Use all the avenues available to find your agent. The dream agent will be the agent who can sell your work. Don’t hesitate to query new agents who are mentored at established agencies. They want to succeed as much as you do, and they usually have more time to answer your questions and guide you in this publishing journey. It is a partnership.

Also, while all those “No’s” are coming, keep improving your craft with classes and webinars and critique groups. My critique partners play a great role in helping me focus my story and making it better. There are also many mentorship opportunities available on Twitter for free, like #PBChat and #PBParty. I always took advantage of all the free opportunities available. I was placed in the #PBParty 2021 as one of the finalists in the illustration category. Even if it doesn’t lead to an agent, it is a big confidence booster to get noticed.

Don’t give up. This is just the first step into the publishing world.

That is all such wonderful advice! I love that your journey was really about honing your craft and taking every opportunity that came your way. I think that between those two things, everyone can make it in this industry. I love your reminder that a yes will come. It only takes one. Before I let you go... Where can we connect with you online?

@RGSpaulding on Twitter and IG

Wonderful! Is there anything else you'd like to share with our readers?

Since I was relatively new to this field (my second career), I had a lot of learning to do, but I didn’t have time to go back to college full-time to write/illustrate. But luckily for me, I was able to find many classes online and connect with some great kidlit peeps.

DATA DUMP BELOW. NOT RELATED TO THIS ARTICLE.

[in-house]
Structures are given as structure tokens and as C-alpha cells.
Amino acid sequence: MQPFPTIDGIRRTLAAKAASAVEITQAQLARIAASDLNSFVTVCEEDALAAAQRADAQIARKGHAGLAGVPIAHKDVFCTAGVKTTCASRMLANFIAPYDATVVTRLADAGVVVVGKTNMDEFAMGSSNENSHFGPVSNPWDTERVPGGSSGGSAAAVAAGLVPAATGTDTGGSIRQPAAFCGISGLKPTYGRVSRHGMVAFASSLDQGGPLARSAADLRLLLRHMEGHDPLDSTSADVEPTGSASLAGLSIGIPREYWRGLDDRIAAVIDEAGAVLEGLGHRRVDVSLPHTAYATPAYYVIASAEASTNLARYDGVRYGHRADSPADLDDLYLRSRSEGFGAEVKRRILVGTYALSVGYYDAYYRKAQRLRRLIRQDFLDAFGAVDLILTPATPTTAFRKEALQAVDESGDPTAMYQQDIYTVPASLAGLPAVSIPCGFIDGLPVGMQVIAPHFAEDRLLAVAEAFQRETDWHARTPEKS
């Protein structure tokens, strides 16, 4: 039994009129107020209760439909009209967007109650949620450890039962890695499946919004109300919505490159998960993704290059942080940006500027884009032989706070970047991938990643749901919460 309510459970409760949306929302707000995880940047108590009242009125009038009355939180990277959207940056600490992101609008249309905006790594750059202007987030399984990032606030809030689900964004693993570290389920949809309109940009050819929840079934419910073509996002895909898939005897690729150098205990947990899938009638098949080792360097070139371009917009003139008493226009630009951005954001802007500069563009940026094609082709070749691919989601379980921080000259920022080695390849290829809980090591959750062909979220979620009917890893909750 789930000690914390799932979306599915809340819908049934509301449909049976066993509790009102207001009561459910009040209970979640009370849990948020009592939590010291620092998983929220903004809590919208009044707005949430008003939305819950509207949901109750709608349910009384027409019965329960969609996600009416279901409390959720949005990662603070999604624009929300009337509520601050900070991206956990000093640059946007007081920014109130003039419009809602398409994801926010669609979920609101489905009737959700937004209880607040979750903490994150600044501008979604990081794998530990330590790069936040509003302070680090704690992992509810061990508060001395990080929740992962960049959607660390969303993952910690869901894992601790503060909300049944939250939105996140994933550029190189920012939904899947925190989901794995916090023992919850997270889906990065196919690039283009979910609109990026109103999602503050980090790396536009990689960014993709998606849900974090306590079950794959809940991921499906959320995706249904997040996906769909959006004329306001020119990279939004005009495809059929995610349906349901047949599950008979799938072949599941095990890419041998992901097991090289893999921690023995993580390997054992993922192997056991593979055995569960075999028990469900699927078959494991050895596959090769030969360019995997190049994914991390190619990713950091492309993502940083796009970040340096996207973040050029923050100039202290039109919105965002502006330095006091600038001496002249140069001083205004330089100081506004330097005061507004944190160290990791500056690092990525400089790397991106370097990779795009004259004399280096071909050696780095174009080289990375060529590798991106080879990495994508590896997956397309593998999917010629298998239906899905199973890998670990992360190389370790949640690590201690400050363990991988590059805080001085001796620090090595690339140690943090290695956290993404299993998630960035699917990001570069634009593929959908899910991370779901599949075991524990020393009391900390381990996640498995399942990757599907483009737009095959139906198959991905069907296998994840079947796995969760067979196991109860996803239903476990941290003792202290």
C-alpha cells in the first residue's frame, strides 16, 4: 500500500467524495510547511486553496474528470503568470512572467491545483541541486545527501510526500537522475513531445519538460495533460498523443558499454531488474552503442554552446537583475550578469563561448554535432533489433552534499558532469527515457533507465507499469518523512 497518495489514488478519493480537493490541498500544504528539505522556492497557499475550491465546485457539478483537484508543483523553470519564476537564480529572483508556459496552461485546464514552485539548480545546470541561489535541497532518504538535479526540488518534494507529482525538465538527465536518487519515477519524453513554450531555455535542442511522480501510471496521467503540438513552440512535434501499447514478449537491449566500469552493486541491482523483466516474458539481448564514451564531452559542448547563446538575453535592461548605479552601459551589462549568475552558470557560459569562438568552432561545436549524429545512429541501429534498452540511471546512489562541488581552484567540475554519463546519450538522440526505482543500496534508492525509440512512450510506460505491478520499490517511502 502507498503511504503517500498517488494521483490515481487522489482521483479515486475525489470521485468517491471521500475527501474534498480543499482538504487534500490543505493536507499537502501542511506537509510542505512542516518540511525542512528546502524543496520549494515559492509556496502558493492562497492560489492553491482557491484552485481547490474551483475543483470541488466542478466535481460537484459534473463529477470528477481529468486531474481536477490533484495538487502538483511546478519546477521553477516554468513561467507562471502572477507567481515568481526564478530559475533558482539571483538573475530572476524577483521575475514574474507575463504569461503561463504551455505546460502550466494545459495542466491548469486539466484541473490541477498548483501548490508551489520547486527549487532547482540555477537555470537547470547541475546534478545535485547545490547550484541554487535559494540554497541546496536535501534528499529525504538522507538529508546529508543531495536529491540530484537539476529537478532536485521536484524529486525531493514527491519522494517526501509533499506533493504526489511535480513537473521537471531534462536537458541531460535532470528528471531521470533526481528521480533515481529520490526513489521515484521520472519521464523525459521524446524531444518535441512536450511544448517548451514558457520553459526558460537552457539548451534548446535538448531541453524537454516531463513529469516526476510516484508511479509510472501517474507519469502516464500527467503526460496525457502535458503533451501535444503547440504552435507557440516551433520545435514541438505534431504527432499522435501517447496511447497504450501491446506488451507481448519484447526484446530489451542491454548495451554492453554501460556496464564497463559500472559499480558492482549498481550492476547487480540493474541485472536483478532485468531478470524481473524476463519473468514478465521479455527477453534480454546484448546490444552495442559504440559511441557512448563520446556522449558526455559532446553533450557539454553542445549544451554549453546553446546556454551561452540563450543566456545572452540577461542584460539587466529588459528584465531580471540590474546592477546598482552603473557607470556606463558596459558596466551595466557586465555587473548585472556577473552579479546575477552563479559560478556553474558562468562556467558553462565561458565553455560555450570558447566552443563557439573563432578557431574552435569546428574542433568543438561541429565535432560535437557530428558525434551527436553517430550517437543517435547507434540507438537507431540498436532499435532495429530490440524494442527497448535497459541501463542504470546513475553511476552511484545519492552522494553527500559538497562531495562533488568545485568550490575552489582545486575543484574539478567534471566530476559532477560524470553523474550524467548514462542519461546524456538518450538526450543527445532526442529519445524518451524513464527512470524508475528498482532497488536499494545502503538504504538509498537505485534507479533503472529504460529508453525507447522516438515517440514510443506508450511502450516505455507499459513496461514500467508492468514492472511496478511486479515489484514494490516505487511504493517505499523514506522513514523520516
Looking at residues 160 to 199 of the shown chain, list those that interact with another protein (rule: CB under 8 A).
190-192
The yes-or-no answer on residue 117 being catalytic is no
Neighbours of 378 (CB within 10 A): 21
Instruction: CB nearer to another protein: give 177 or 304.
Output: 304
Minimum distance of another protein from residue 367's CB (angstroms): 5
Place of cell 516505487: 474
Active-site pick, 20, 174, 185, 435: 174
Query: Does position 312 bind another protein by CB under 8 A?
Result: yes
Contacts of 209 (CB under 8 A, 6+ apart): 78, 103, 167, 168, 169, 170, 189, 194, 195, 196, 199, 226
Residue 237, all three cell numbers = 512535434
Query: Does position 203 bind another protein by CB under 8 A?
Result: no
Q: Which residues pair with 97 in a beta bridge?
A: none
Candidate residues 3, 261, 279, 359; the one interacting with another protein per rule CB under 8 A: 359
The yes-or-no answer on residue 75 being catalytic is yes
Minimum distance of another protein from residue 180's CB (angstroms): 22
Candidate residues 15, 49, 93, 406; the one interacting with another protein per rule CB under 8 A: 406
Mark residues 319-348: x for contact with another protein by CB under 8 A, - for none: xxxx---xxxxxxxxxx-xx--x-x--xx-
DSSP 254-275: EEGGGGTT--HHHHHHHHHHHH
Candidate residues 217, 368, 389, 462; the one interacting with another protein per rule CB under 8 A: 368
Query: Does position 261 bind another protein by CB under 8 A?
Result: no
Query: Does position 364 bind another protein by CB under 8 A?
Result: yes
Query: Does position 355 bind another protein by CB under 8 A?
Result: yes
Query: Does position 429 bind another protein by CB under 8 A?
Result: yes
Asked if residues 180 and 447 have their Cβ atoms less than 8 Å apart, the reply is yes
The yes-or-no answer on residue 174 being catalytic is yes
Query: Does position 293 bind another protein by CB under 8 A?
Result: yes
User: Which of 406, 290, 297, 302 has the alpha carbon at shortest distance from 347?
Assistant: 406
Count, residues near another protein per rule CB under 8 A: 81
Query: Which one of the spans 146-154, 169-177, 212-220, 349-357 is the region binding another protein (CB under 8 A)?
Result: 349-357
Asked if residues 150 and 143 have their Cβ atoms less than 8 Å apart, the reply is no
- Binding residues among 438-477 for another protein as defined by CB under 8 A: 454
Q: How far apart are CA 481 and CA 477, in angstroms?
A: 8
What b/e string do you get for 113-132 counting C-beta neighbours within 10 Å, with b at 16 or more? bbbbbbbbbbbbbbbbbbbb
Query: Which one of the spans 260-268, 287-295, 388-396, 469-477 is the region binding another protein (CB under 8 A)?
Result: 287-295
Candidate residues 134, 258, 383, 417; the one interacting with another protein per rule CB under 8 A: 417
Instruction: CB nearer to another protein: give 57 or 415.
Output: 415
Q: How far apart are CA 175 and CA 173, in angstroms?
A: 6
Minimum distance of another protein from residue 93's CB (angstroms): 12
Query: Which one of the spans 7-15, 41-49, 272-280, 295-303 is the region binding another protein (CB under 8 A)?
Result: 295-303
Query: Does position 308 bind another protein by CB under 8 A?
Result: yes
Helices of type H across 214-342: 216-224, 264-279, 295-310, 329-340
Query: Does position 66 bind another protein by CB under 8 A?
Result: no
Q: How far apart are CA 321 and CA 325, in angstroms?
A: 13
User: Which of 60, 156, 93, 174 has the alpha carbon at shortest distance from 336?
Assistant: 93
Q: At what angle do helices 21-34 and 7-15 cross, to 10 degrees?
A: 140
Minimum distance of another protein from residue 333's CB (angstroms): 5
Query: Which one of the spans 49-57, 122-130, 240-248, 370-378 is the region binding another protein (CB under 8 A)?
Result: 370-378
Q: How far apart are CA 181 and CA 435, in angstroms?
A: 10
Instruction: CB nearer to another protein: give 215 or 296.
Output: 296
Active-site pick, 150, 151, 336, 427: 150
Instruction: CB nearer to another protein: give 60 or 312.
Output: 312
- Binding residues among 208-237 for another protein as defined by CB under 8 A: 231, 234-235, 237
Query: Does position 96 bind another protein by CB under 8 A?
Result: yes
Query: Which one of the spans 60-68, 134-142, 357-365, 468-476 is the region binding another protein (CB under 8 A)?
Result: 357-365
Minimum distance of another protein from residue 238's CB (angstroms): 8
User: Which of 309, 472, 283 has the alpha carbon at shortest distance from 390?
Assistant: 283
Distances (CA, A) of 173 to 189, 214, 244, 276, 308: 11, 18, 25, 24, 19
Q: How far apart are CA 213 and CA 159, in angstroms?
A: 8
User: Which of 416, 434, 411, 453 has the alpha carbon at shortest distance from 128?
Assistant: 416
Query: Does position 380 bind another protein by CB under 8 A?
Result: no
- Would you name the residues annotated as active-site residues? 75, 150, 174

Some of the classes that helped me are:

The Writing Barn classes (writing)

12x12 Webinars (writing & critique partners)

The Storyteller Academy (writing/illustrating classes)

The Society of Visual Storytelling (illustrating classes)

Don’t compare yourself to other authors and illustrators. Make your own path and help others along the way. My favorite quote from The Writing Barn-Courage to Create community, “Creativity is not a competition-Bethany Hegedus.”

Oh, that is so very good! I love that reminder. And what wonderful resources! Thank you for sharing those and thanks so much for joining us today, Ramya! I’ve had a blast chatting and learning more about your journey. Best of luck on this journey! I can’t wait to see your books in the world.

Thank you, Kailei.


R.G. Spaulding is offering one lucky winner a non-rhyming PB MS critique or one Dummy Critique.

To enter:

Winner will be announced next week on Twitter.

About R.G. Spaulding

Ramya G. Spaulding (R.G. Spaulding) is an Indian-American author-illustrator. She loves to draw and frequently got into trouble as a kid for daydreaming too much. She spent most of her lunchtime at the school library, escaping into different worlds of the stories she read. Before she was an author-illustrator, she used to be an engineer because she also loved math and science. She feels extremely privileged to be making up stories with words and pictures. She lives in the San Francisco Bay Area with her family. She wants to make sure all children can see themselves in the books they read. She also loves to add a hint of STEM in her stories whenever possible. You can find out more about her by visiting

About Kailei Pew

Kailei Pew is a wife, mother, and children's book author represented by the amazing Emily Forney of Bookends Literary. Kailei's debut Middle Grade Book, KID MADE will be coming to you from Feiwel and Friends/Macmillan Summer 2023